“I want to assure you that Clean Energy Alliance is not in a similar position,” Boswell said during the alliance’s monthly meeting, three days after Western’s announcement. “We have very conservative (fiscal) policies. We have an energy risk management policy that we use to manage our portfolio and our energy procurements … and make sure we have sufficient energy procurements to match our needs.”

Clean Energy Alliance began enrolling customers in May and by the end of this month, will have a customer base of about 58,000. It projects reserves of $3.1 million for fiscal year 2021-22 budget, which slightly exceeds its goal of 5 percent of revenue.

San Diego Community Power, or SDCP, for short, said it is also meeting its 5 percent target, with projections of $17.7 million in reserves in the next fiscal year.

“We have the checks and balances, the goals, the targets, the expertise – all of that to do the best industry practices,” said interim CEO Bill Carnahan. “Many CCAs have been around for more than 10 years and they’re thriving. We’re in that camp.”

After opening in March with 700 municipal accounts, SDCP will add 72,000 commercial and industrial accounts this month. In the first five months of next year, it will enroll about 695,000 residential customers, making SDCP one of the biggest CCAs in the state.

“We wouldn’t be plowing ahead if we weren’t confident in our position, the policies we have in place and the staffing we have,” Chief Operating Officer Cody Hooven said. “We’re comfortable that our rates meet our costs and we’re comfortable where we are for the summer with procurement levels.”

But for skeptics of CCAs such as San Diego businessman Bill Roper, Western’s woes represent flashing yellow caution signs.

“Even in ideal circumstances, without COVID, it’s difficult for CCAs to have a viable financial model,” Roper said. “They have to carry working capital. They have to put up deposits for those agreements. They have to finance themselves … Even SDCP, if they had been open at scale (when the pandemic hit), they would have had a big problem.”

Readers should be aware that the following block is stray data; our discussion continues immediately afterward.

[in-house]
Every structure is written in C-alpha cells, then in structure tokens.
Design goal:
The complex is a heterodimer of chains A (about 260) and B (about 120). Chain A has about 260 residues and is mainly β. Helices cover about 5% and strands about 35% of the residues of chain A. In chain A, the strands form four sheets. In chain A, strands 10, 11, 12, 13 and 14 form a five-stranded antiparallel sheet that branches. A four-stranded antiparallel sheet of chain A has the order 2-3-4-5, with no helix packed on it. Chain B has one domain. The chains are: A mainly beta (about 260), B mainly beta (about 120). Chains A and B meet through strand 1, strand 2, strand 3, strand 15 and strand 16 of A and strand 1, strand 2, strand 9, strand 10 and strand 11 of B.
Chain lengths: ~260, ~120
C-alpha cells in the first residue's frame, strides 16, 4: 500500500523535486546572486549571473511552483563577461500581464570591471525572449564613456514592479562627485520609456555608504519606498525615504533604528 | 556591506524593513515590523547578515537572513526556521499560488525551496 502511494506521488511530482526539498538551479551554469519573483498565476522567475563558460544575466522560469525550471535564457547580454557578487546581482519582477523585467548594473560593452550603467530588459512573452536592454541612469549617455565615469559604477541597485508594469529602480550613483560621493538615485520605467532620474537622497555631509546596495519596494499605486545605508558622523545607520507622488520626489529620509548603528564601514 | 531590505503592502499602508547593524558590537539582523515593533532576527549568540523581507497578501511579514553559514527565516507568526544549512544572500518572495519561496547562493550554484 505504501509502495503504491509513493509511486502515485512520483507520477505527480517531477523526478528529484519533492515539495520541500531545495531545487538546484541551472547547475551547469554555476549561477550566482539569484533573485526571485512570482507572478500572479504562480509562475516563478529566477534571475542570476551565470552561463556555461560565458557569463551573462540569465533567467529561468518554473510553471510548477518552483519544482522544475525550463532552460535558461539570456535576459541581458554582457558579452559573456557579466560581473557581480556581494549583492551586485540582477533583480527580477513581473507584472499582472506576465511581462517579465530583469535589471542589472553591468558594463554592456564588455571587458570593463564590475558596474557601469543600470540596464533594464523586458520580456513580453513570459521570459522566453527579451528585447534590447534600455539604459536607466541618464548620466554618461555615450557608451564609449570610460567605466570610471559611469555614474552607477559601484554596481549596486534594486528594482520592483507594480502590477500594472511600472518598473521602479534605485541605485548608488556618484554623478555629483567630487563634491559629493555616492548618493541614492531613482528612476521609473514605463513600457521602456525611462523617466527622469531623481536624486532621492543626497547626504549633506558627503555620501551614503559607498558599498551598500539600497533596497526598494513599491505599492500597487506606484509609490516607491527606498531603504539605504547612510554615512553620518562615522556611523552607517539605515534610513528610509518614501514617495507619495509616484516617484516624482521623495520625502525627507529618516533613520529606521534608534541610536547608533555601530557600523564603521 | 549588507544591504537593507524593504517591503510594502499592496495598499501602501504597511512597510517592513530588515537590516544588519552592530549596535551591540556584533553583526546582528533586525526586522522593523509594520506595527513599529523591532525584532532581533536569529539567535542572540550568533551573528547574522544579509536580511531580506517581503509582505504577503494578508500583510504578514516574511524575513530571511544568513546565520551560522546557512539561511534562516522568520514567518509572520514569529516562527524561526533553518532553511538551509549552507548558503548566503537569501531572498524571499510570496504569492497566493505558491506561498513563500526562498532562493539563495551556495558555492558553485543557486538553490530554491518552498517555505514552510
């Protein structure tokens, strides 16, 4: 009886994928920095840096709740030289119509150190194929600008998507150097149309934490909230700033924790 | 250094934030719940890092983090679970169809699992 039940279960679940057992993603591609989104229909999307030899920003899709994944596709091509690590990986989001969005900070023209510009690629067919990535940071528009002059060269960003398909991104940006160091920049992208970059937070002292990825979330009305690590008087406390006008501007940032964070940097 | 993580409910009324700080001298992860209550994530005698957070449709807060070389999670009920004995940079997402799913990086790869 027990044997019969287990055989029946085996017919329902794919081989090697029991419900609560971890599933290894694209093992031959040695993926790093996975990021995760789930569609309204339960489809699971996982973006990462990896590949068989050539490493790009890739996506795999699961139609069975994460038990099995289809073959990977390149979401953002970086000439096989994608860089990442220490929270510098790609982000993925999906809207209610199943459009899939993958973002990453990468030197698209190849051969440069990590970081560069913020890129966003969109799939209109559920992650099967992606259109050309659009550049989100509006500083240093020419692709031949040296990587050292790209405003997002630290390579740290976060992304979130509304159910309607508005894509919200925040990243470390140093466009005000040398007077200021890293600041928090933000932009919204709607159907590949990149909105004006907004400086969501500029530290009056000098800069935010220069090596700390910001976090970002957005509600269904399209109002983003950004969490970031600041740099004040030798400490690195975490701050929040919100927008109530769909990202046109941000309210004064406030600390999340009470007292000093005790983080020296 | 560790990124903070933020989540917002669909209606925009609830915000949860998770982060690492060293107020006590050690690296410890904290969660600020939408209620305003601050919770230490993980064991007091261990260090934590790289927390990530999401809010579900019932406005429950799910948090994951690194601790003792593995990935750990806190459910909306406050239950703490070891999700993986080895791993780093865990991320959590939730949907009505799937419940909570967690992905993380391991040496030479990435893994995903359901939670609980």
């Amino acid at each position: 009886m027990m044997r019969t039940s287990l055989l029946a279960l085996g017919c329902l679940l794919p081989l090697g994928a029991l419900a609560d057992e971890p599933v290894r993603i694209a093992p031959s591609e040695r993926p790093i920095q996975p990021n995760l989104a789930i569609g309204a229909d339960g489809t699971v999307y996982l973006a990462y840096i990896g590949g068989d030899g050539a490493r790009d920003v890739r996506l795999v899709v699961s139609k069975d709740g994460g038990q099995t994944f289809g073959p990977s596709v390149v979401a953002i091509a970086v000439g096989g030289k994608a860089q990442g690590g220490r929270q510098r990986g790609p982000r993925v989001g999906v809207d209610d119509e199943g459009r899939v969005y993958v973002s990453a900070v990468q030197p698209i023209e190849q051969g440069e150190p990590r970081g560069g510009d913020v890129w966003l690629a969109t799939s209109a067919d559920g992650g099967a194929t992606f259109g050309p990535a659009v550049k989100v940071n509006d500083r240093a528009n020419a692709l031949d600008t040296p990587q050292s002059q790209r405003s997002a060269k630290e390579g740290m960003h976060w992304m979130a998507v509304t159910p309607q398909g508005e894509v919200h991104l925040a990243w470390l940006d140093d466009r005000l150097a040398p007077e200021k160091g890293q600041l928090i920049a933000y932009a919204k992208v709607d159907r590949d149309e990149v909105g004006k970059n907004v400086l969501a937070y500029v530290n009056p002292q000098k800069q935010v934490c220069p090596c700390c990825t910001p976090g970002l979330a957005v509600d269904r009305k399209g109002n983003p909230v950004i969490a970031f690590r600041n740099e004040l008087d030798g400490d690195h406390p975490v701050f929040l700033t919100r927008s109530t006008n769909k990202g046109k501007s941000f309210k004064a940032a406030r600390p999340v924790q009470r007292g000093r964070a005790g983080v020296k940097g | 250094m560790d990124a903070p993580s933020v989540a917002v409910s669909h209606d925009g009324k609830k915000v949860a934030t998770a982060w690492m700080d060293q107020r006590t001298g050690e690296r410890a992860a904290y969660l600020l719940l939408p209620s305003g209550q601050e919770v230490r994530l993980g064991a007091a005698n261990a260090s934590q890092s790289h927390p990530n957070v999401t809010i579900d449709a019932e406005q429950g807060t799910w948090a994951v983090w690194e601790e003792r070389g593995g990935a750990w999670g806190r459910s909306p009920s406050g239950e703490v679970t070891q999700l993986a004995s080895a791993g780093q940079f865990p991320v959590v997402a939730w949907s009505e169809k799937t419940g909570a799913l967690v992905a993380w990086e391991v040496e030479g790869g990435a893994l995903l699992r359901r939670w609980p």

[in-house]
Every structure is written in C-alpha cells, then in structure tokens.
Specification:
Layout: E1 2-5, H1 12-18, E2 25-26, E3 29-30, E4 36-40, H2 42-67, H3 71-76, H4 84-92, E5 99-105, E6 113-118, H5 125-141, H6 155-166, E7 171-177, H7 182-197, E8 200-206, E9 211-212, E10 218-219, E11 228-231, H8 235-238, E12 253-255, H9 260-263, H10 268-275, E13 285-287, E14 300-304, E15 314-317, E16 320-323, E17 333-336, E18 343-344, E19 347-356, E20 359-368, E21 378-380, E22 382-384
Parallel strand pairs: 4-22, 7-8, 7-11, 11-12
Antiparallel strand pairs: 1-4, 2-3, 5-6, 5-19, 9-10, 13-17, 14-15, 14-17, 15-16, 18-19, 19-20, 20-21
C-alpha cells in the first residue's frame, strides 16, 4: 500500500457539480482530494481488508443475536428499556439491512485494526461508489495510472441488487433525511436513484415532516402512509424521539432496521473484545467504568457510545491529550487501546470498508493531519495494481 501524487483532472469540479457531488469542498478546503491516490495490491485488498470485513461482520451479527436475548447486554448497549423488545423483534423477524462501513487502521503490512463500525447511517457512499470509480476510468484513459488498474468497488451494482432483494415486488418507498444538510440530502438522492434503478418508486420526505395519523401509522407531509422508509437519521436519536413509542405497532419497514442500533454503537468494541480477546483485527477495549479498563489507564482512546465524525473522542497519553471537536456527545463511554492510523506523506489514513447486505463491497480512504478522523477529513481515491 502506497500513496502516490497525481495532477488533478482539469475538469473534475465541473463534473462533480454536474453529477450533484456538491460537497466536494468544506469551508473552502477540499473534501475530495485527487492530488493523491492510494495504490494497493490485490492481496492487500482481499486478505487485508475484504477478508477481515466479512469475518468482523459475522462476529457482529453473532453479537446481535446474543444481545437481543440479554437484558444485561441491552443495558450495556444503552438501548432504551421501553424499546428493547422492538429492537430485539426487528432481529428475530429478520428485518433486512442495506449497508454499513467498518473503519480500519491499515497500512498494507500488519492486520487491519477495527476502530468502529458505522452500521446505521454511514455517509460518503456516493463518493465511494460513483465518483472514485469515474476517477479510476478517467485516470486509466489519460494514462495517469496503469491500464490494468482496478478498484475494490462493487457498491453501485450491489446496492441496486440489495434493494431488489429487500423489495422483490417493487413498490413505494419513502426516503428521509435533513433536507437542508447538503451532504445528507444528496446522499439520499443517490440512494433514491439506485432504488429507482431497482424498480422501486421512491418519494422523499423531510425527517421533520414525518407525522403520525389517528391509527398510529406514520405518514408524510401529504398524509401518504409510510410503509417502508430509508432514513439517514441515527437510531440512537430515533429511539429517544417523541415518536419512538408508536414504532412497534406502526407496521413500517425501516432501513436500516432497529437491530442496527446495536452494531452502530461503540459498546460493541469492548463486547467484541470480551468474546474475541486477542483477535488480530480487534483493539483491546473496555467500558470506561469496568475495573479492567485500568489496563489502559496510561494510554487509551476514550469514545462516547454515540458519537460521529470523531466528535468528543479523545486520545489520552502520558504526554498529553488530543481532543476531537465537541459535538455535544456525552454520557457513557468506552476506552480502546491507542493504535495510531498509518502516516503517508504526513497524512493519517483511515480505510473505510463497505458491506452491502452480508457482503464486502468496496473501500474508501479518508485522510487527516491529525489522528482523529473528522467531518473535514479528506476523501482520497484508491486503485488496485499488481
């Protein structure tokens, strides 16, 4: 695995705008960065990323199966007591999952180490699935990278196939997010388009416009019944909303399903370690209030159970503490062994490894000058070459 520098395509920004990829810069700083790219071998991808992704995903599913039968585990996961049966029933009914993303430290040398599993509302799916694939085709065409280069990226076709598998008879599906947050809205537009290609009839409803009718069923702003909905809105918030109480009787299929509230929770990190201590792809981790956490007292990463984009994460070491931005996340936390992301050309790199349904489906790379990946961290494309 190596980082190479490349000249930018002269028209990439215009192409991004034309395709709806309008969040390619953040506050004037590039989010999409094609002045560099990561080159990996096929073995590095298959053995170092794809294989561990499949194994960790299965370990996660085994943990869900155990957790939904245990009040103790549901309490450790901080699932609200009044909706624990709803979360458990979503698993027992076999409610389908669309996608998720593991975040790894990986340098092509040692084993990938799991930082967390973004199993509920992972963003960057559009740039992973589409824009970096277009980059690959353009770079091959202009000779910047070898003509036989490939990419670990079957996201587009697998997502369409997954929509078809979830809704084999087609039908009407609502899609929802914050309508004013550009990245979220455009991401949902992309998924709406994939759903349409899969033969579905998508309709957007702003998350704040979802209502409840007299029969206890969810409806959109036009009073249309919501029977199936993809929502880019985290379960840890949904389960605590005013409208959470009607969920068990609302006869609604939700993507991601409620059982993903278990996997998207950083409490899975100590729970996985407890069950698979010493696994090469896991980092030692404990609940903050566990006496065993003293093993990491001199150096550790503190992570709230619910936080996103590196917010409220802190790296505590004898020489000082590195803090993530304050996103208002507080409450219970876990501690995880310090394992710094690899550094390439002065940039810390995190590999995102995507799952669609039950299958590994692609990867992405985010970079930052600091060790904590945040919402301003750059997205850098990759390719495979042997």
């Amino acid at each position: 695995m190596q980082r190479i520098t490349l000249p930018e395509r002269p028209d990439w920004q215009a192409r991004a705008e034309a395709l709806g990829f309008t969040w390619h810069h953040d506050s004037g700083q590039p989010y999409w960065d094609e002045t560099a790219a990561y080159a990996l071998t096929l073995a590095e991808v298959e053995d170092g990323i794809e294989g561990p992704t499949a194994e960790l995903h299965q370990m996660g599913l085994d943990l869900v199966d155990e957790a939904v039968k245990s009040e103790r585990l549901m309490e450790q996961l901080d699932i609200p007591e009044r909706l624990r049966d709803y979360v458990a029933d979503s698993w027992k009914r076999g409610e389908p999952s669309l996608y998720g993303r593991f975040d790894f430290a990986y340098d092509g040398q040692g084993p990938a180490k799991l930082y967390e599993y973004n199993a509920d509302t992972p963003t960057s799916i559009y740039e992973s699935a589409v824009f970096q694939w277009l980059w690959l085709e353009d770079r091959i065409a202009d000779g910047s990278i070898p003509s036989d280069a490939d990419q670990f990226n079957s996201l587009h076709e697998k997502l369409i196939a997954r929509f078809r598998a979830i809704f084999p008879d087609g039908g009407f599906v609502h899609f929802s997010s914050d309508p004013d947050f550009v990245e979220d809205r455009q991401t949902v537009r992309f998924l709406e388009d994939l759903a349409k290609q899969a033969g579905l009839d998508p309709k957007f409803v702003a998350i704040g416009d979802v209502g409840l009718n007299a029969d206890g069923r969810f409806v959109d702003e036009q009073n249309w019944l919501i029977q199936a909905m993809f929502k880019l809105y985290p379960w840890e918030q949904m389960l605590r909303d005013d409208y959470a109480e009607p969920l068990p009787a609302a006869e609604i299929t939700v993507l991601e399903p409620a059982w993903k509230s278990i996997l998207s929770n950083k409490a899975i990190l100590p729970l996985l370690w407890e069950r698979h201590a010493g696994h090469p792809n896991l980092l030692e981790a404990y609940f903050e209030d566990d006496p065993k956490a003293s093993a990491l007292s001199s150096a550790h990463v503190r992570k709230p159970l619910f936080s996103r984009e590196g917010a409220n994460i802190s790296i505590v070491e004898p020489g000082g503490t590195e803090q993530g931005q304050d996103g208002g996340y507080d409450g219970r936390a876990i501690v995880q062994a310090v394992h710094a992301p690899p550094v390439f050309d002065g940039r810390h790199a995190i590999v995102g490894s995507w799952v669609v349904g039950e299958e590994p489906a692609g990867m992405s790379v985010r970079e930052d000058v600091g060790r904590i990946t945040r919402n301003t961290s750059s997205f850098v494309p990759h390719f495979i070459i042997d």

Roper said Western’s financial losses due to a surge in nonpayments in the wake of the pandemic could not have been anticipated but he didn’t have sympathy for WCE blaming some of its problems on last summer’s extreme heat.

“It would not be surprising to see more of the smaller and less mature CCAs have liquidity problems and quite possibly have to file for bankruptcy,” Roper said. “They don’t have capital, they don’t have the reserves and they didn’t adequately foresee price spikes and volume spikes.”

Created by the California Legislature in the wake of the state’s energy crisis in 2000 and 2001, CCAs are designed to boost the purchase of cleaner energy sources such as wind and solar at rates equal to or lower than investor-owned utilities. The decisions are made by government officials instead of the incumbent utility, such as San Diego Gas & Electric.

The establishment of a CCA does not, however, mean traditional utilities go away. SDG&E, for example, will still perform all of the tasks outside of power purchasing, such as transmission and distribution of energy and customer billing.

As per state law, once a municipality forms a CCA, all of its power customers are automatically enrolled. In San Diego, if SDCP and Clean Energy Alliance customers want to opt out and remain with SDG&E, they can do so for free.

Communities that join a CCA typically sign a Joint Powers Agreement, which includes provisions designed to protect the general funds of the respective municipalities if the community energy program fails to meet its financial obligations.

Source:  By Rob Nikolewski | The San Diego Union-Tribune | June 2, 2021 | www.sandiegouniontribune.com

This article is the work of the source indicated. Any opinions expressed in it are not necessarily those of National Wind Watch.

The copyright of this article resides with the author or publisher indicated. As part of its noncommercial effort to present the environmental, social, scientific, and economic issues of large-scale wind power development to a global audience seeking such information, National Wind Watch endeavors to observe “fair use” as provided for in section 107 of U.S. Copyright Law and similar “fair dealing” provisions of the copyright laws of other nations. Send requests to excerpt, general inquiries, and comments via e-mail.